Earlier this year we learned that U.S. workers view 401(k) plans as a “must-have benefit,” and an updated report from the Transamerica Center for Retirement Studies suggests that many employers also understand the value of these tax-advantaged savings vehicles. Specifically, 77 percent of surveyed employers said that they believe a 401(k) or similar retirement plan is an important benefit to offer when trying to attract and retain talent, including 34 percent who consider such savings tools to be “very important.” A bit of a disconnect, though, still exists because a larger proportion of surveyed workers (81 percent) said that the retirement benefits offered by a prospective employer will be a major factor in their decision-making when job hunting.
That gap has encouragingly been shrinking in recent years, but one likely reason it has yet to completely disappear is differing opinions on retirement readiness. For example, 71 percent of employers said that they are confident their workers will be able to achieve a comfortable and financially secure retirement, while only 64 percent of employees were able to report the same level of optimism about their old-age financial outlook. Although the above figures suggest that some employers have yet to fully recognize just how helpful it can be to offer a retirement plan to their workers, the vast majority of firms fortunately already provide their employees with access to this critical benefit. Apart from attracting talent, another possible motivation for sponsoring a 401(k) plan is preventing delayed retirements. Indeed, 69 percent of surveyed employers said that they expect many of their workers to retire, if at all, after the traditional age of 65, well above the 53 percent of surveyed employees who actually expressed such intent.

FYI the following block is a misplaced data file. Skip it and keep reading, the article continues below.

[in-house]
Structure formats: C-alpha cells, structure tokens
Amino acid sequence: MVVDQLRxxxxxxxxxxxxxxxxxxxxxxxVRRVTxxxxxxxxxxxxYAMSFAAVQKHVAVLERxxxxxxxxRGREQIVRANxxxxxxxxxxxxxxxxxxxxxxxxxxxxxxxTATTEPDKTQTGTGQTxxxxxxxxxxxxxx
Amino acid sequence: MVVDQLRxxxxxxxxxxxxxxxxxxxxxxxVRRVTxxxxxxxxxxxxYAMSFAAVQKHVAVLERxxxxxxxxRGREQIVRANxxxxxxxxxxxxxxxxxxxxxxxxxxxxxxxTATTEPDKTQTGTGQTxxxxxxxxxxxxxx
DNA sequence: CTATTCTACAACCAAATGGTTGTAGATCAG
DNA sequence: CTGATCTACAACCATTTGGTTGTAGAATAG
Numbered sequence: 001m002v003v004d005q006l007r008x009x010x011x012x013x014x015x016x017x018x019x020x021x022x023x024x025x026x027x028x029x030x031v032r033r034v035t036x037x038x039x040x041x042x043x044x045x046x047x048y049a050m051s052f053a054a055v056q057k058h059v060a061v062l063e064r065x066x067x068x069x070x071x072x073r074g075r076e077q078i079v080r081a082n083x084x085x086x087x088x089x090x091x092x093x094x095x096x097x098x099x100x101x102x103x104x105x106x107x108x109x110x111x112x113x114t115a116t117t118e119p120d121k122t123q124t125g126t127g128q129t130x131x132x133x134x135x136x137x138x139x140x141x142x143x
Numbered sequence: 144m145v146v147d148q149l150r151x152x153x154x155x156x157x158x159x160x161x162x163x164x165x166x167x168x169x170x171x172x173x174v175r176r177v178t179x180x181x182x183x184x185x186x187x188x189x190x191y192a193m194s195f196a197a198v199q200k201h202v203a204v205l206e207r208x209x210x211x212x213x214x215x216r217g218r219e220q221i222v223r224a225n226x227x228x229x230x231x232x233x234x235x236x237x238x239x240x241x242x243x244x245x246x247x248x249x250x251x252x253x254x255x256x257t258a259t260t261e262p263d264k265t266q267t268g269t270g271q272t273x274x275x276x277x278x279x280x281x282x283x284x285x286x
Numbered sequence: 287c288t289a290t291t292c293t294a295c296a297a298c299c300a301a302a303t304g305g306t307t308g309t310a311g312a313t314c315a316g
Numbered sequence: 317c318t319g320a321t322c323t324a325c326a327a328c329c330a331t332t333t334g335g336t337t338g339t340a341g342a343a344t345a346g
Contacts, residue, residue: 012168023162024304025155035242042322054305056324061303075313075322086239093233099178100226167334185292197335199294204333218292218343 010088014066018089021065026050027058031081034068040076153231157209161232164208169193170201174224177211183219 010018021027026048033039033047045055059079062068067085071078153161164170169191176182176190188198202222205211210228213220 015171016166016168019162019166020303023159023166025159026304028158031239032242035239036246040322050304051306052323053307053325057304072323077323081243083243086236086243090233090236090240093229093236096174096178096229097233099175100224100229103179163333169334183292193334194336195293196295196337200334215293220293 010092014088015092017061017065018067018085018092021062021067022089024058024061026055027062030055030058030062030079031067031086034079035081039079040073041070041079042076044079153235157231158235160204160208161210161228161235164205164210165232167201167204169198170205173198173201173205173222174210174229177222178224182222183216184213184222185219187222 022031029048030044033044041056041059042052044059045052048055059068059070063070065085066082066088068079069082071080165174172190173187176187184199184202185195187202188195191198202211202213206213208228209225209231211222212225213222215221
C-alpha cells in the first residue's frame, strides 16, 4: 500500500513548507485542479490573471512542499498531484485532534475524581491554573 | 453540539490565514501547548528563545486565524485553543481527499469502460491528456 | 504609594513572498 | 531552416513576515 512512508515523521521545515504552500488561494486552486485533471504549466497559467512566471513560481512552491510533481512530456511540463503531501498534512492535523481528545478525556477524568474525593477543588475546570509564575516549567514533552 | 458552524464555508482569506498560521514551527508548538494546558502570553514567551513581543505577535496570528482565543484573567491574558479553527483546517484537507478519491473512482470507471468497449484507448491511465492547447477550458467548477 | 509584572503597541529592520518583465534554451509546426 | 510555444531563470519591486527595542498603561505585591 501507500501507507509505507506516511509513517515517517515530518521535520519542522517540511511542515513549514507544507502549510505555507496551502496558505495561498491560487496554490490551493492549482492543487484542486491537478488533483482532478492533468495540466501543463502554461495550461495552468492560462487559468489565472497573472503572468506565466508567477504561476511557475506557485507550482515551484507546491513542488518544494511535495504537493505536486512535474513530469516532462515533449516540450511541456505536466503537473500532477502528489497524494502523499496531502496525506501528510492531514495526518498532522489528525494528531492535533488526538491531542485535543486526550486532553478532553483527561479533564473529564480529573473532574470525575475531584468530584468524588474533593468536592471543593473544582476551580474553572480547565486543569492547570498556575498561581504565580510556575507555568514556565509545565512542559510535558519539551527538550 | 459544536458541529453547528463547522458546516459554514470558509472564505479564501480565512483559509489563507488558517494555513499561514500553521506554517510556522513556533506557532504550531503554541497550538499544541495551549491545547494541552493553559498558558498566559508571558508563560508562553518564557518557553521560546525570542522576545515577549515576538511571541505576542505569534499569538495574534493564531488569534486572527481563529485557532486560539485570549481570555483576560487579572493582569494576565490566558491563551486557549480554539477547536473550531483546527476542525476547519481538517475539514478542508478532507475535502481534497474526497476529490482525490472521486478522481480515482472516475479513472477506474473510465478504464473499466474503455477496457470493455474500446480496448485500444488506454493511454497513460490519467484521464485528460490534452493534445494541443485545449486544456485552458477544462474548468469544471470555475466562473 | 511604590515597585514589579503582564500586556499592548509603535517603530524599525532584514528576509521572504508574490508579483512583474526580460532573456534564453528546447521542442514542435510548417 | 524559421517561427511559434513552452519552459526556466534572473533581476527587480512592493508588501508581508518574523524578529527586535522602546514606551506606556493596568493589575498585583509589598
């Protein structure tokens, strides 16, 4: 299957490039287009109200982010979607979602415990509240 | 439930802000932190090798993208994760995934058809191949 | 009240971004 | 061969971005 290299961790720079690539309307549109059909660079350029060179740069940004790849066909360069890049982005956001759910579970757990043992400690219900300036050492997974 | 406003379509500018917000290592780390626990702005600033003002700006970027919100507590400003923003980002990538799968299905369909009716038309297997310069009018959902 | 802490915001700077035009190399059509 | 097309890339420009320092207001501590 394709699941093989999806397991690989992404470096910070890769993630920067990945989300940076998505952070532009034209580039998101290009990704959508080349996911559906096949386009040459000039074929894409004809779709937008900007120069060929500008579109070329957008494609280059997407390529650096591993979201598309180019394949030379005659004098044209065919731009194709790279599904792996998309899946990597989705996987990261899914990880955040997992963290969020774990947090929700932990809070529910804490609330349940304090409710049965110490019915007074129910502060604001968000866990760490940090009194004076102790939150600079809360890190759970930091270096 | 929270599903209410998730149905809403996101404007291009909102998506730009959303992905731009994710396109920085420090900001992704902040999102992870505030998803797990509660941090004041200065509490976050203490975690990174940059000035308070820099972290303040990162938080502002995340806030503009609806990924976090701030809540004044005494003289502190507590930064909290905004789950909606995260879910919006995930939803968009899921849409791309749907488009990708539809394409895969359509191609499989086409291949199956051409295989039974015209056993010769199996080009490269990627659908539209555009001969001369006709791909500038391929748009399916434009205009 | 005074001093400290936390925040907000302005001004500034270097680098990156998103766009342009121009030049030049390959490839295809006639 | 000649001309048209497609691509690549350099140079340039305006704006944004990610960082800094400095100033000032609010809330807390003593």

Many employers have also incorporated automatic enrollment and auto-escalation into their 401(k) plan design to help workers better prepare for retirement, a smart move considering that workers clearly value such plan features. Eight in ten surveyed employees, for instance, said that they find the idea of being automatically enrolled in a 401(k) or similar retirement plan to be appealing, and the median respondent reported that they would be comfortable with a starting contribution rate of 10 percent, a marked increase from 7 percent in last year’s poll. Moreover, three-quarters of surveyed workers said that they would be likely to take advantage of an automatic escalation feature that would annually raise their contributions by one percent of their salary. Such responses should encourage employers to adopt these and other plan features that can help drive up savings rates among workers, and in turn improve both financial confidence and actual readiness for retirement.
Sources: Transamerica Center for Retirement Studies